Lost in translation? : transformations of federal policy intentions for effective professional development in statewide policy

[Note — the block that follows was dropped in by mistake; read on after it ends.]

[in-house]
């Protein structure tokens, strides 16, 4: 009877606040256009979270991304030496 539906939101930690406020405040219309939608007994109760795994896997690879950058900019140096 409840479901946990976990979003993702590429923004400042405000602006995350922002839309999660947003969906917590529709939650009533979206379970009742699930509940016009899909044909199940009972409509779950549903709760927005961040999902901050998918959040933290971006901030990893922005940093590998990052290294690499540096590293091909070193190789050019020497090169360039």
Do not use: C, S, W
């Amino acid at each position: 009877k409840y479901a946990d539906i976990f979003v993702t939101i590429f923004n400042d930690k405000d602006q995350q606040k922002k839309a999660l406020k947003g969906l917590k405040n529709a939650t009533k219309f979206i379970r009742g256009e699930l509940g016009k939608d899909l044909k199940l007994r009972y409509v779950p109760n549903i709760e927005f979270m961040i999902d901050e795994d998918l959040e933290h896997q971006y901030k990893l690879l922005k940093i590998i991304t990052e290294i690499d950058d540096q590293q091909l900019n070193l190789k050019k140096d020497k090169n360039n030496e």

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[ACCESS RESTRICTED TO THE UNIVERSITY OF MISSOURI AT AUTHOR'S REQUEST.] Teacher professional development is a key policy lever to redress ongoing concerns about teacher quality and student academic success. This policy lever has been and continues to be employed by the U.S. federal government despite modest and uneven results of federally sponsored professional development in the past. Fortunately, a growing body of research has accreted as a consensus view informing how the enterprise of professional development might better support educational reform. To increase its potential effectiveness, professional development itself will have to reflect this consensus view. This study identified federal policy intentions for professional development activities within a grant program authorized by the No Child Left Behind Act of 2001 and examined how federal policy intentions for effective professional development were interpreted and implemented by state and local policy actors in one state. While federal policy espoused intentions related to characteristics of effective professional development, no single policy intention remained consistently unaltered across state and local policy sites over time. Policy intentions were augmented, compromised, or omitted whether in part or whole. Change was the norm. Transformations of intentions did not arise primarily from conflict but rather through the process of seeking of agreement with policy intentions. Furthermore, despite multiple transformations, federal policy intentions informed by research may influence professional development practice. State and local policy actors exhibited intentions that were more so aligned than disparate to federal intentions, and local professional development activities exhibited characteristics of effective professional development. A variety of contextual factors and types of transformations of intentions were identified as potentially supporting or hindering the integrity of policy intentions. The interaction of these contextual factors as well as different types of transformations of intentions simultaneously shaped the level of fidelity to federal policy intentions. Findings revealed policy intentions, even if explicitly stated, were not immune to the confluence of concurrent contextual factors and multiple types of transformations of intentions.
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